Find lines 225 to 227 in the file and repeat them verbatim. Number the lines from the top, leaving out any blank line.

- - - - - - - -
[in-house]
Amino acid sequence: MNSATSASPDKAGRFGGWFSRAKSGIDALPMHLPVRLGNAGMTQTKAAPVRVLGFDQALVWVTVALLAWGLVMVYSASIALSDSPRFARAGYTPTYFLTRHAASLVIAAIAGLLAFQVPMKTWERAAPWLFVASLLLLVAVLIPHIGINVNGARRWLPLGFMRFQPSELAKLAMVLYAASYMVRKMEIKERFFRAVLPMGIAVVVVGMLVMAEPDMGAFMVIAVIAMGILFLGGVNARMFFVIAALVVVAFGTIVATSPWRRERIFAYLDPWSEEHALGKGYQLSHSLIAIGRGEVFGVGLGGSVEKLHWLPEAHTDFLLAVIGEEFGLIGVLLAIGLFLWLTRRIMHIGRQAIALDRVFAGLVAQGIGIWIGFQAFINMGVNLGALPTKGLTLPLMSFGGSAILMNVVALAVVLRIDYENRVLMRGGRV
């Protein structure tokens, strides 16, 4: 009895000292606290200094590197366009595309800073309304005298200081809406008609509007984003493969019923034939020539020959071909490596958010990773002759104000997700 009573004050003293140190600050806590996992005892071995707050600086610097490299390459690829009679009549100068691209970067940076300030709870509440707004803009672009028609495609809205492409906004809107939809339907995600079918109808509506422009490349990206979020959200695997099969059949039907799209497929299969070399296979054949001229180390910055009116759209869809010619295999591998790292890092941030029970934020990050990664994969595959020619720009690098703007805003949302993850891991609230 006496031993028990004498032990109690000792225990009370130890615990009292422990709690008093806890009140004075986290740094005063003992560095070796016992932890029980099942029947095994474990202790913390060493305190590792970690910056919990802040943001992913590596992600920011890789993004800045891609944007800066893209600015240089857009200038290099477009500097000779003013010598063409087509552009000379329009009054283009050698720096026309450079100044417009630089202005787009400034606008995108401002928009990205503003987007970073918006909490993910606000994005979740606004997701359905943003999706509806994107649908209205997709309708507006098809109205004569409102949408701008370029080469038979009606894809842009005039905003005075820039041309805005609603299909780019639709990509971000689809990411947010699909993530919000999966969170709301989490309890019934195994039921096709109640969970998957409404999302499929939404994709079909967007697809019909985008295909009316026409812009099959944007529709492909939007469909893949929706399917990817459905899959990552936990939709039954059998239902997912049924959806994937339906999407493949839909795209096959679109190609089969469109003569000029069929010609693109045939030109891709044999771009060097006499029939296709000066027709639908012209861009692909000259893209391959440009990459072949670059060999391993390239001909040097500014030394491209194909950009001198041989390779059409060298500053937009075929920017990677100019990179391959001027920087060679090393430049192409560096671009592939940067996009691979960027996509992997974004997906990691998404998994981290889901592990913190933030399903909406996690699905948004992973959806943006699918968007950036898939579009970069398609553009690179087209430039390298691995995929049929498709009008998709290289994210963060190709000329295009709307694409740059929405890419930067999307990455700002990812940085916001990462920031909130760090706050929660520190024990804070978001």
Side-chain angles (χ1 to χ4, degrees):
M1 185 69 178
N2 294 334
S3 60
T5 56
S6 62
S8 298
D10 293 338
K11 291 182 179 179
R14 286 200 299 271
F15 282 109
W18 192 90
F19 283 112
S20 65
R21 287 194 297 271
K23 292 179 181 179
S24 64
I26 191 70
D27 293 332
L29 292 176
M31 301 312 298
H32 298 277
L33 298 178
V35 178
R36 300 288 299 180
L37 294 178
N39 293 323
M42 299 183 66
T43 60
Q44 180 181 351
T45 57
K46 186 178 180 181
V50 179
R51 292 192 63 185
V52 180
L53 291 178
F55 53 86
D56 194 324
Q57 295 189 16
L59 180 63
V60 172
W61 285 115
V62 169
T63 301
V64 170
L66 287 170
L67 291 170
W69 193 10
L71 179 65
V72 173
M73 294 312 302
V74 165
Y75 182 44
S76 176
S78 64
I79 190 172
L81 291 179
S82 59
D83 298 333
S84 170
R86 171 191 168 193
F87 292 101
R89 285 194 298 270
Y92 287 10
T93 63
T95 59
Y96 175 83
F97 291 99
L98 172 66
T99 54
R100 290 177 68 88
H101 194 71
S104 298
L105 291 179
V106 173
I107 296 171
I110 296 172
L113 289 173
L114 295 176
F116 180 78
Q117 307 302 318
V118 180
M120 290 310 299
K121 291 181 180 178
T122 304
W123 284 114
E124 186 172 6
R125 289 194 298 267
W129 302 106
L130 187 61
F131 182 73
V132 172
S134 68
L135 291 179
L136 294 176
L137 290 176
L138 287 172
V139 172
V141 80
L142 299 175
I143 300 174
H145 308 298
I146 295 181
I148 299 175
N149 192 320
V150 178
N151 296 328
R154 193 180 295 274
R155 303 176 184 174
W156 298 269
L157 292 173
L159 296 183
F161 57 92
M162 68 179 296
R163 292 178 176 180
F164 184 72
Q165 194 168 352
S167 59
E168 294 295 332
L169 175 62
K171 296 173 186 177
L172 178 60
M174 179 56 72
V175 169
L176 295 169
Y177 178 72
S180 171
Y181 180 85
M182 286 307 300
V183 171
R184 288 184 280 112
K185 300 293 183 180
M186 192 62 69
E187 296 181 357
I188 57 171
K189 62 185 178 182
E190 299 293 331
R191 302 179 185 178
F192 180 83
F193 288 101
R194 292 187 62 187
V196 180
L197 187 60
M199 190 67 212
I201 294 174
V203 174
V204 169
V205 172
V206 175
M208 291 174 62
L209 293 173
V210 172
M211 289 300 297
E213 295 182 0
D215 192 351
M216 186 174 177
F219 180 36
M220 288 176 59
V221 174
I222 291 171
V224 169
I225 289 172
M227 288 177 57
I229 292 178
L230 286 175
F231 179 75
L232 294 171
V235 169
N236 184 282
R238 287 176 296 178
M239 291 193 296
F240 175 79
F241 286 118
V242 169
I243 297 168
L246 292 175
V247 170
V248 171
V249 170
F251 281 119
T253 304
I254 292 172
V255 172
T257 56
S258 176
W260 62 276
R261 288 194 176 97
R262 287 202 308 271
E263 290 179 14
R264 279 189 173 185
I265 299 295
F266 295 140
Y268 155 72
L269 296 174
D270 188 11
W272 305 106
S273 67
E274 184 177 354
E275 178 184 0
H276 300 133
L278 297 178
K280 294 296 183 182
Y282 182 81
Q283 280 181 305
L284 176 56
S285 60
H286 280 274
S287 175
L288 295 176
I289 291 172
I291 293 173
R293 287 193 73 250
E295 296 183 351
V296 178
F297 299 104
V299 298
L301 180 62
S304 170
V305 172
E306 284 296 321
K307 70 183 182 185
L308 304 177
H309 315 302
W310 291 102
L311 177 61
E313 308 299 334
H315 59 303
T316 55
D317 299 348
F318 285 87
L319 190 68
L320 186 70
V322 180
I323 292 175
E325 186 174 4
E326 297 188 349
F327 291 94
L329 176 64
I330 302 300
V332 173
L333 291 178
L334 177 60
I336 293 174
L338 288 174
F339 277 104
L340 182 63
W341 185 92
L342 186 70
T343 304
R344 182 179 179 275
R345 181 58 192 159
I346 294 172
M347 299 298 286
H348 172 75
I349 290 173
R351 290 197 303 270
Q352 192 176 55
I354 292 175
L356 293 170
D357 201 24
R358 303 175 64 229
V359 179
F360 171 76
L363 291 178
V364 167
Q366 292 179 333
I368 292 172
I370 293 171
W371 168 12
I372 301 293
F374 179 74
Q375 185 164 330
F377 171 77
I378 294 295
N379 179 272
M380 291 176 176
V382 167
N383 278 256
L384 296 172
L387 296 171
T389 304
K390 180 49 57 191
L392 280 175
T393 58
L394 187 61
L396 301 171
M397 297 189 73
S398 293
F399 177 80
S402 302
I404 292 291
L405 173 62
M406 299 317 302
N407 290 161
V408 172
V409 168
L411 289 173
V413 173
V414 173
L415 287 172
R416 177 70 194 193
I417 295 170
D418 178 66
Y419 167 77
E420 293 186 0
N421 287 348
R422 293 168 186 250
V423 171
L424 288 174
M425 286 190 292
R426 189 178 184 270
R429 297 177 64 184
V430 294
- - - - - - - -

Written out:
L308 304 177
H309 315 302
W310 291 102